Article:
Montreal Mafia homicide trial: Defence says informant was unreliable

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Scarfo is charged with the first-degree murders of Montreal Mafia leaders Rocco Sollecito and Lorenzo Giordano and two counts of conspiracy.

Dominico Scarfo is charged with the first-degree murders of Rocco Sollecito and Lorenzo Giordano. Dominico Scarfo is charged with the first-degree murders of Rocco Sollecito and Lorenzo Giordano. Sûreté du Québec

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The defence lawyer for Dominico Scarfo, the man on trial at the Gouin courthouse on charges alleging he murdered two Montreal Mafia leaders in 2016, began his closing arguments Friday by saying the Crown’s key witness provided testimony containing lies and “half-assed assertions.”

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Luc Trempe did not pull any punches as he attacked the credibility of the informant who began testifying on Feb. 25.

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The Crown’s theory is that Scarfo was the person who shot Lorenzo Giordano in 2016, while Giordano sat in the passenger seat of a car outside a gym in Laval where he trained. The prosecution also alleges Scarfo helped set up Rocco Sollecito for a hit carried out by the informant on May 27, 2016.

While secretly recording a conversation with Scarfo in 2019, the informant said the victims were the highest ranking members of the Montreal Mafia when they were killed.

“We did the two number ones in the Cosa Nostra, and we didn’t get paid,” the informant said on the recording, trying to get Scarfo to make incriminating statements.

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“There’s a theory to the Crown’s case but it’s just that, a theory, and the theory comes solely from (the informant’s) account of the events. And there are numerous reasons to conclude that (the informant) was not being truthful in any of his accounts,” Tempe told the jury. “(The informant) is unreliable — unreliable for the very reason he was before you. He was a civil undercover agent paid to the tune of half a million dollars for the work that he did and for the testimony he gave you.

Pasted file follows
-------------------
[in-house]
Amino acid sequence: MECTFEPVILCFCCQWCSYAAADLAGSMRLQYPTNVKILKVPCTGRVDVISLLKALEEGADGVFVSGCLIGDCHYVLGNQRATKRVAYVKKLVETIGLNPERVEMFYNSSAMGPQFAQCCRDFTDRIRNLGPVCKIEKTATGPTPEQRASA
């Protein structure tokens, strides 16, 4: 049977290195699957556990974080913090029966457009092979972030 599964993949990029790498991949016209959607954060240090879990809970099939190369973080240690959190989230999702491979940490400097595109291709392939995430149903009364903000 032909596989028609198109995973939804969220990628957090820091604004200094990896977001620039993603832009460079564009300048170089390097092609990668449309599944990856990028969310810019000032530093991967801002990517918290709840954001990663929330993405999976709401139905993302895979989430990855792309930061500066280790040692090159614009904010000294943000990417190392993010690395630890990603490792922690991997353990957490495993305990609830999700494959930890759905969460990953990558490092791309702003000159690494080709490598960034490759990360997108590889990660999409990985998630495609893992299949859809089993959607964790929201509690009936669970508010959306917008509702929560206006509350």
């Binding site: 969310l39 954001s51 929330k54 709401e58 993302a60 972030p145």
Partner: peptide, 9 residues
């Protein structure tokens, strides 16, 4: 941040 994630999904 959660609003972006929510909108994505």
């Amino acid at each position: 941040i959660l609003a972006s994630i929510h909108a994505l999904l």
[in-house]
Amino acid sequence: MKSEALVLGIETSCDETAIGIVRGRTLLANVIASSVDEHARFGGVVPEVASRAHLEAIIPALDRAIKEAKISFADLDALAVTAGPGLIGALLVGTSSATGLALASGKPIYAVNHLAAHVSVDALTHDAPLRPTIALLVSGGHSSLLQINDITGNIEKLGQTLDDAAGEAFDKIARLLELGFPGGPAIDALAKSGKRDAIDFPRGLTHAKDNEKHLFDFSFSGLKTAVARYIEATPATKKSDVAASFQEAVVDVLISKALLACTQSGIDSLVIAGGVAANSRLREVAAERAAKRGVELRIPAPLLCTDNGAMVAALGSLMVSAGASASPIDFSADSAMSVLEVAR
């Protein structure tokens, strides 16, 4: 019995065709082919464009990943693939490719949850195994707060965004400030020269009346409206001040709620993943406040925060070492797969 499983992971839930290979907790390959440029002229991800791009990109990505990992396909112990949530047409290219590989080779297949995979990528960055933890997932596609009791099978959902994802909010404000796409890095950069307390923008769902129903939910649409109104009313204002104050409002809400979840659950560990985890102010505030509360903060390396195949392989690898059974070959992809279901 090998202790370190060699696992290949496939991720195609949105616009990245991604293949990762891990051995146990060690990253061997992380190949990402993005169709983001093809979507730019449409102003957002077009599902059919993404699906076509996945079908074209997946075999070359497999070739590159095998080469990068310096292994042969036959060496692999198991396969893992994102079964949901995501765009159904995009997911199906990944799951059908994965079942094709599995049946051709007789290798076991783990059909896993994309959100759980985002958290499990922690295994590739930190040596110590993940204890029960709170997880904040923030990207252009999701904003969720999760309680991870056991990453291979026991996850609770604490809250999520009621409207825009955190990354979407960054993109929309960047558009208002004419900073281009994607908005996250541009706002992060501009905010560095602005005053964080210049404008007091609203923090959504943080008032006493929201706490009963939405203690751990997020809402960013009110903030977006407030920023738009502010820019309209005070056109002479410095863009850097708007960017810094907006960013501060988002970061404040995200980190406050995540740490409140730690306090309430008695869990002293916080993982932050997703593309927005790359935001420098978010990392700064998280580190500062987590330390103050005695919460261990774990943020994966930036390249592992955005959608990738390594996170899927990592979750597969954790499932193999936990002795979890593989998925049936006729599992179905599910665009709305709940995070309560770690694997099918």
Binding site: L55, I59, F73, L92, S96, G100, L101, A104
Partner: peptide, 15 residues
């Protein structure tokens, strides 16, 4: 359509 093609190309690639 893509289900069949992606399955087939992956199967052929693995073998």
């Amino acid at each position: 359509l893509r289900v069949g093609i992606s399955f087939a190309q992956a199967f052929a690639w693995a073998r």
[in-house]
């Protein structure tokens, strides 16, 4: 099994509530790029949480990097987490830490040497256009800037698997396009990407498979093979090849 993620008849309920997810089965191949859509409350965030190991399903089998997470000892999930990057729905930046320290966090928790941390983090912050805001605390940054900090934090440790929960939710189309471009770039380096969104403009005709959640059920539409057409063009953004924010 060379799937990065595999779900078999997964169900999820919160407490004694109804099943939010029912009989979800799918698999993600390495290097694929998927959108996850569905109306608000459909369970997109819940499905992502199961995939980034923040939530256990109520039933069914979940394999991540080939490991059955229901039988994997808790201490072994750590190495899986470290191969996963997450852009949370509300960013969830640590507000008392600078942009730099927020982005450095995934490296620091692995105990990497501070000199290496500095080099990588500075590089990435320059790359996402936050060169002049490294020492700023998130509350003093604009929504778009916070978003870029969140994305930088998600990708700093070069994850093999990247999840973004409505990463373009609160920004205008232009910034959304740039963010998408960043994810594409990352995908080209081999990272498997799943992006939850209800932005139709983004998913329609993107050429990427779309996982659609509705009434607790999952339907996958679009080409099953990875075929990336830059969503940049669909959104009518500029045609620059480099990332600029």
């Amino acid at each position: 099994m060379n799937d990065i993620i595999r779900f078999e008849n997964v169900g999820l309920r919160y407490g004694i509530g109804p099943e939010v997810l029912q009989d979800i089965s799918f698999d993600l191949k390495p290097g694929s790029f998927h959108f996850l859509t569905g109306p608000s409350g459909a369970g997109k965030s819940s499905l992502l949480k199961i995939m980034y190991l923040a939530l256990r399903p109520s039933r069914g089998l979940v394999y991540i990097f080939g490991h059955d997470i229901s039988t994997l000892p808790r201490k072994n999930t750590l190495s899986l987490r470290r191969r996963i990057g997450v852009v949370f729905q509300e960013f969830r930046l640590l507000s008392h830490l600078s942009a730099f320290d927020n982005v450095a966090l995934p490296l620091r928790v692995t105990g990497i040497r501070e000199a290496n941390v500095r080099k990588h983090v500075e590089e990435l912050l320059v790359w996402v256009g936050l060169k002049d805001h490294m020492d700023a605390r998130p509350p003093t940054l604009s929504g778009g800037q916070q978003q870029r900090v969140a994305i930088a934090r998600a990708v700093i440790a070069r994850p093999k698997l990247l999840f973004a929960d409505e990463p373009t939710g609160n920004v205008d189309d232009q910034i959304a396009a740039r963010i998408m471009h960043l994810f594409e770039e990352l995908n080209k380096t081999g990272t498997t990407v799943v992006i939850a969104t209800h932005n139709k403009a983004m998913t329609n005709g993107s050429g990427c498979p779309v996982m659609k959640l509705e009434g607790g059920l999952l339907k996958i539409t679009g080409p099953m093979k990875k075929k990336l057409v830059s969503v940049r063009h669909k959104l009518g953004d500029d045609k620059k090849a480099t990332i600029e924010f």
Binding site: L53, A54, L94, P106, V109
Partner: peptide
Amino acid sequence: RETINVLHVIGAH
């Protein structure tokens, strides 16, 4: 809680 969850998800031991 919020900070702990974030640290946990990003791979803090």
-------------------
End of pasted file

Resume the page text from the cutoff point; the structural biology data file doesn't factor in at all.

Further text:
“He is unreliable because of the way he testified before you. He made a mockery of the justice system by going off completely in an unhinged manner. I just have to point you to the first time you met (the informant).”

On Feb. 25, the informant, whose name cannot be published, began his time on the witness stand by outright refusing to testify. He then launched into a series of profanity-laced rants including a claim that he had been “f***ed in the a**” by the Sûreté du Québec because his contract with the police was not being respected.

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“He is unreliable because of his stated desire to ‘crucify’ Mr. Scarfo, which certainly can’t make him the most objective of witnesses. He is unreliable because of his desire for revenge for every real or imaginary slight he ever received,” Trempe said. “He is unreliable also because of what can be perceived as a loss of contact with reality.”

Trempe said Canada’s justice system requires details and “a certain amount of exactitude” from a witness. The witness said several times that he has ADHD when he was challenged on contradictions between his testimony and previous statements he gave to the Sûreté du Québec or while under oath.

“You need to be convinced beyond a reasonable doubt, and such a conviction cannot stand on vagueness or half-assed assertions,” the lawyer said.

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Trempe also argued that eyewitness accounts, in particular of the Giordano shooting, do not fit the Crown’s theory.

One eyewitness who provided evidence through a written statement described the man who shot Giordano as being about 25 years old, Trempe noted. Scarfo is 49 years old. The man witnessed what happened after the shooting from an office window above the car Giordano was seated in.

“There is no way Mr. Scarfo could be mistaken for a 25-year-old,” Trempe said.

The defence attorney also argued that the conversations with Scarfo that were secretly recorded provided little in terms of evidence because the informant did most of the talking. One of the informant’s handlers testified that the goal of such recordings is to let the subject talk.

“Obviously, (the informant) failed miserably in that aspect of his work,” Trempe said. “He occupies the conversation from beginning to end.”

Superior Court Justice Michel Pennou informed the members of the jury that he will begin giving his final instructions to them on Tuesday and they should expect to begin deliberating on Wednesday.

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  1. Sûreté du Québec and Laval police investigate the scene where Mafia leader Lorenzo Giordano was shot in 2016.

    Mafia murder trial: Key witness finally testifies after refusing to answer questions

  2. Dominico Scarfo pleaded not guilty to all four charges during his trial at the Gouin courthouse on Jan. 25, 2022.

    Mafia leader’s girlfriend was covered in blood after he was shot, murder trial witnesses say

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